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Re: [K12OSN] Securing a K12LTSP box

I think a key piece, at least in terms of protecting the server from bad guys on the internet, is that you have a firewall--that is, a separate box--between the LTSP box and the internet. With the firewall, you can control what, if any, connections from the outside world can even get to the LTSP server. You might even consider using two firewalls to create a DMZ for any boxes that need to be accessible to the outside world. I suspect that most people don't allow any outside connections, as there isn't really any need; perhaps an opening for SSH so you can remotely admin, but I suggest doing this on a different port than 22 (the default) just to add a bit of 'security by obscurity' and mostly to keep your logs from filling up with failed attempts by script kiddies to login as Administrator, etc.

Internal security is more a matter of protecting the server from curios/mischievous kids, which presents some different problems, which I'll leave to others.


Bryant Patten wrote:
I have been asked by a couple of elementary schools to set up a K12LTSP demo. One server, 4 terminals - so that people at the school can try it out. Simple word processing, some image stuff and Internet access are the planned uses. Sound and thumb drive usability are particularly important.

My question for the collective list is:

After a vanilla, default-accepting install of K12LTSP (5.0 beta 7 is what I am currently exploring) onto a new server box, what should one do (if anything) to additionally secure or harden the box?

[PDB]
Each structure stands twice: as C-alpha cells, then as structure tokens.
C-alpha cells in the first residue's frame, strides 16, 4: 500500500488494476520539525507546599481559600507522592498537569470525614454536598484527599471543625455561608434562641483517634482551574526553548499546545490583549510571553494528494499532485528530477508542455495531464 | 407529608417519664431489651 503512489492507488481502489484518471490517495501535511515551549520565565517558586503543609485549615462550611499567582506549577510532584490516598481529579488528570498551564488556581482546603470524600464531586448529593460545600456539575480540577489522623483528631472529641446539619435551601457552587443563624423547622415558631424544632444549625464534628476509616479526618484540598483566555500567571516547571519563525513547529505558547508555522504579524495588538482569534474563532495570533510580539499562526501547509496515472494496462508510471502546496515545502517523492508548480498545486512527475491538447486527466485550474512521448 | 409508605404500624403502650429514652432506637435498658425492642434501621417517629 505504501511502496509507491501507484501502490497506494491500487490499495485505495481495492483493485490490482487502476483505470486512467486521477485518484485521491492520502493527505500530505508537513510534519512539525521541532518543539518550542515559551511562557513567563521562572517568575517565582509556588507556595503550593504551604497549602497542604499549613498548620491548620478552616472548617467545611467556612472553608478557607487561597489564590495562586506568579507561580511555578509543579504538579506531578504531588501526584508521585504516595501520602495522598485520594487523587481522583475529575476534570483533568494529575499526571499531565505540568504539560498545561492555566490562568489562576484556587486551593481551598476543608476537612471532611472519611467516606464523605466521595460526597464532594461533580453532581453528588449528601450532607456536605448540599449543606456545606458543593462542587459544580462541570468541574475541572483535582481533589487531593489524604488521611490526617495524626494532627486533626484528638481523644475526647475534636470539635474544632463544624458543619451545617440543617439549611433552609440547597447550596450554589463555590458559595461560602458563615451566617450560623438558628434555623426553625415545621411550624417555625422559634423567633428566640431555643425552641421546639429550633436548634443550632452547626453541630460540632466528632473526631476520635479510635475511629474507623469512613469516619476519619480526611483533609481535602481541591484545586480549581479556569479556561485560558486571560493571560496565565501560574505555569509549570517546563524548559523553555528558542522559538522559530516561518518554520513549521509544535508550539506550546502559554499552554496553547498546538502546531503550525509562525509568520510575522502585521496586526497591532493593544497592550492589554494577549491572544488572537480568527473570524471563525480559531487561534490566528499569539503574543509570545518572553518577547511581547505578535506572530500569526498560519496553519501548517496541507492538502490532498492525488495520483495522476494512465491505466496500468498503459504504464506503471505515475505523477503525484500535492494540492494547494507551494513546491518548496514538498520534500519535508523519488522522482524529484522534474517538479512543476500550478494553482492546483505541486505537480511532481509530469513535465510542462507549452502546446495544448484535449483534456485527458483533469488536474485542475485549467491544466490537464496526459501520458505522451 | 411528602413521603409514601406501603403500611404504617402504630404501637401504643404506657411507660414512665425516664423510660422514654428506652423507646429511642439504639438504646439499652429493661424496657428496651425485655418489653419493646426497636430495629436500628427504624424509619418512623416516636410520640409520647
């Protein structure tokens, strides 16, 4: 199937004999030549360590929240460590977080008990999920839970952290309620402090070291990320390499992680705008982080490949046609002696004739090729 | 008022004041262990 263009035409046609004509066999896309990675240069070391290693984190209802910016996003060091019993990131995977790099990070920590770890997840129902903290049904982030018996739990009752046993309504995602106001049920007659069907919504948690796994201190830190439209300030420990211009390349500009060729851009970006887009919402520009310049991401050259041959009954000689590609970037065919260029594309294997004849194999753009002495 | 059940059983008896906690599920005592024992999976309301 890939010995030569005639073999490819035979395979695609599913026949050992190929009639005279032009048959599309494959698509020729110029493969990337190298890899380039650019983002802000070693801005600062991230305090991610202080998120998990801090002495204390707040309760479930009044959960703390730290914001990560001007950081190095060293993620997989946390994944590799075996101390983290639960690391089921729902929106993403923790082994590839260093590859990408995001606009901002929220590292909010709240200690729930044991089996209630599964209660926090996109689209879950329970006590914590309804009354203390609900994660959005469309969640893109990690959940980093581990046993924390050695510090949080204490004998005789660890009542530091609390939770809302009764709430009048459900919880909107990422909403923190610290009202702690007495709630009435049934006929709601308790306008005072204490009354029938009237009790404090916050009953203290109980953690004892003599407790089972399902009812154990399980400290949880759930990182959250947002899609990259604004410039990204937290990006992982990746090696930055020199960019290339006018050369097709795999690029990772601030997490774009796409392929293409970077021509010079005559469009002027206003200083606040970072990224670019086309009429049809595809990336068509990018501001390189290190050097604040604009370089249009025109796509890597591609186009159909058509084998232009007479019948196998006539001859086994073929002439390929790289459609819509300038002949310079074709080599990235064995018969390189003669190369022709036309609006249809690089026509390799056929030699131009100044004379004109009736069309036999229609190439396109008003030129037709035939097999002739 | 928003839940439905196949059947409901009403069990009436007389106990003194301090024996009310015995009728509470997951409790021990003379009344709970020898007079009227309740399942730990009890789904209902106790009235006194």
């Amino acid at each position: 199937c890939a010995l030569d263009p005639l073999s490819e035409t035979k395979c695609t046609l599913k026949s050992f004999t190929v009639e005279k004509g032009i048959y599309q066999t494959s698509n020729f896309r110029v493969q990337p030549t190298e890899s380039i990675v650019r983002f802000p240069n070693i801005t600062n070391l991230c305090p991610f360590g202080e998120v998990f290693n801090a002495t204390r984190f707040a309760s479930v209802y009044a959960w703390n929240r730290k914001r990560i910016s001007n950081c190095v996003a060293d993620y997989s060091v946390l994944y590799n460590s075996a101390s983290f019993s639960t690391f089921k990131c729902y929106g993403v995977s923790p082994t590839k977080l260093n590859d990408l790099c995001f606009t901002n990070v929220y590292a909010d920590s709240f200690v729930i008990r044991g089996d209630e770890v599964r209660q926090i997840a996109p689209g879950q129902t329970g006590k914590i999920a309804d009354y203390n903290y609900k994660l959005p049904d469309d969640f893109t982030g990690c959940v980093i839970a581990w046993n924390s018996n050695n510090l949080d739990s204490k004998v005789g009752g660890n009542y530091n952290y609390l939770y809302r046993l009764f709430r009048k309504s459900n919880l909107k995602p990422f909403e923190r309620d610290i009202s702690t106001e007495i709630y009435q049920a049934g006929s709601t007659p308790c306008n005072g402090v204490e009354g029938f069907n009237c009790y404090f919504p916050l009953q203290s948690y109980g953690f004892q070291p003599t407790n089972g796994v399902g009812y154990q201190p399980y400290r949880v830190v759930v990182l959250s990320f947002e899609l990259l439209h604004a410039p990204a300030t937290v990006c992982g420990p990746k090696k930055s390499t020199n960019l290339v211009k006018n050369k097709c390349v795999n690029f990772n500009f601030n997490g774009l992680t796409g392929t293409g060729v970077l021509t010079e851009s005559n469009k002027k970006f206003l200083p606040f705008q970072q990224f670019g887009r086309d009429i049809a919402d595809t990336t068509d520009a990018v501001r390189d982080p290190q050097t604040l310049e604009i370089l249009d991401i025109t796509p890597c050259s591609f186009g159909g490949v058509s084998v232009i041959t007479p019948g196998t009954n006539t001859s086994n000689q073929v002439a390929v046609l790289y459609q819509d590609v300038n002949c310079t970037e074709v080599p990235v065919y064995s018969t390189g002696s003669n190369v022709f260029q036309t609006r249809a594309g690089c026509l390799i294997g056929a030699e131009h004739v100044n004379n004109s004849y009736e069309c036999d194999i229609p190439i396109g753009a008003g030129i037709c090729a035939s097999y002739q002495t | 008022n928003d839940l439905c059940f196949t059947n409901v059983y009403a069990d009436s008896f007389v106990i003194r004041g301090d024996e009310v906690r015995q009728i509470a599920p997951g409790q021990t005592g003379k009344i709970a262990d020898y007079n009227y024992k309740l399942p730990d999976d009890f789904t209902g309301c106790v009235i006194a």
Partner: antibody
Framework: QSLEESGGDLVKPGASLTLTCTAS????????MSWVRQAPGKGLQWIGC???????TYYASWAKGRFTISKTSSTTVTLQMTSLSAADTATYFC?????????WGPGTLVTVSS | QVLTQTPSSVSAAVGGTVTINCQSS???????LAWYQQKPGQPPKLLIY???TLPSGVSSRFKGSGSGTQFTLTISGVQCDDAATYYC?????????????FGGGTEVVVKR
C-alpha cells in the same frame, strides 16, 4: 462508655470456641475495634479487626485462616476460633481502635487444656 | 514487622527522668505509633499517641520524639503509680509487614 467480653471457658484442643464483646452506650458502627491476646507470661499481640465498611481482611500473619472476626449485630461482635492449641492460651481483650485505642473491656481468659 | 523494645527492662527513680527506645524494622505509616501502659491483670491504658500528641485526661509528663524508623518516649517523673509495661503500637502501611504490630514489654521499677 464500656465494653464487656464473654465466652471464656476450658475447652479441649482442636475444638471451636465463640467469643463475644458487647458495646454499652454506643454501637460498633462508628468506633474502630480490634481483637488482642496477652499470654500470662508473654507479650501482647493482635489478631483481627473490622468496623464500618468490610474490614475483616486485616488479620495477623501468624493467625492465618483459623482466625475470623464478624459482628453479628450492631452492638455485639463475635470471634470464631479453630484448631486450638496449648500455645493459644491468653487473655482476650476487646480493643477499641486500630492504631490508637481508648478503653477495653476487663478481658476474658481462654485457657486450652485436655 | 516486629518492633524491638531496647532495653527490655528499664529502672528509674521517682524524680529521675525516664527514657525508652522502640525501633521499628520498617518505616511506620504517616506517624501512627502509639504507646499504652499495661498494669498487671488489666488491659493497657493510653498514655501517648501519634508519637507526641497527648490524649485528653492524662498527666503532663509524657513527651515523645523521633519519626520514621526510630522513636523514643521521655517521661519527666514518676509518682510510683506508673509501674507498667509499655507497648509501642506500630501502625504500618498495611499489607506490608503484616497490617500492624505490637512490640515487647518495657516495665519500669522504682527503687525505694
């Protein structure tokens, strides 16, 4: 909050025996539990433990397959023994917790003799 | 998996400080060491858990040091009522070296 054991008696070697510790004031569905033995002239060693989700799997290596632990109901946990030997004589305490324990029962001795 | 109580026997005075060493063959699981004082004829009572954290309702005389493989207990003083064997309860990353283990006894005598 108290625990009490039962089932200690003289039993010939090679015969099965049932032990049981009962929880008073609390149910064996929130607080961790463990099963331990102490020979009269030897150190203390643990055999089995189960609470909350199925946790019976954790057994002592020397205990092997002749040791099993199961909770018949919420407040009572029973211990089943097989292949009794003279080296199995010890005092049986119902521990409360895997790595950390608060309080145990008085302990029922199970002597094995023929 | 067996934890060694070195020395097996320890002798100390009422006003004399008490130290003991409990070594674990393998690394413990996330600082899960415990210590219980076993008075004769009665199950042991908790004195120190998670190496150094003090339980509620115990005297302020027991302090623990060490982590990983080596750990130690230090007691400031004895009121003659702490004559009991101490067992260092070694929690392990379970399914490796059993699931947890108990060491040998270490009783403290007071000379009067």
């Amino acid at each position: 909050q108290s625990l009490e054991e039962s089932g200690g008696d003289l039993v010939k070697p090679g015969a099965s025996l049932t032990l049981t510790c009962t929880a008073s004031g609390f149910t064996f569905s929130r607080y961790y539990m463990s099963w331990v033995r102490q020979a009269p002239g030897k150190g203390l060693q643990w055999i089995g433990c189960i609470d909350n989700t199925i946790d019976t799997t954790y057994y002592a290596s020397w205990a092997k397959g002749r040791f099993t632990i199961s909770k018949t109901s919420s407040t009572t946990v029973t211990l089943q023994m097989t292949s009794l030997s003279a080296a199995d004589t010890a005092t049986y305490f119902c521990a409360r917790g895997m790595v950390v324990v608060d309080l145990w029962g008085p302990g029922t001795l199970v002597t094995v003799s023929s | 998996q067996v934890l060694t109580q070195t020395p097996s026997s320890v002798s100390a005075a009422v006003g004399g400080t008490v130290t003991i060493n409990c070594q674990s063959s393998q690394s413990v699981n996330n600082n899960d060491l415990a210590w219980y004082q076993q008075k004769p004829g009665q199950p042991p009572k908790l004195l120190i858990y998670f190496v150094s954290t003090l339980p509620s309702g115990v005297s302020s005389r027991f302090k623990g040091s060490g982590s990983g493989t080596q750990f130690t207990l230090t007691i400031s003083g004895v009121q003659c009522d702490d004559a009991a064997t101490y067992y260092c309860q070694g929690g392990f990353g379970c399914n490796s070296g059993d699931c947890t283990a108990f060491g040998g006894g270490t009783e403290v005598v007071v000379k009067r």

Do people recommend running something like Tripwire or Bastille? I have done some reading about both of these but haven't yet tried using either and I didn't find anything in the LTSP wiki about either program. The wiki does offer the following warning - "Trying to run an LTSP service over a public network such as the internet without any security precautions is foolhardy in the extreme". I am beginning to teach myself about network security issues but do not yet have a sense of 'how much is enough' regarding hooking servers to the Internet.

In this type of situation, I am often not sure about the security set up for the school's network. Phrases such as "...I'm not sure what we do about security - Joe set that up and he is gone now..." or "our consultant installed a Sonicwall but I don't anything about it..." are often used. I explain to people that this box will not function as a firewall but I would like to make it as secure as functionally possible against being taken over by evil doers in this ambiguously secured environment.

Bryant Patten
White Nitro, LLC

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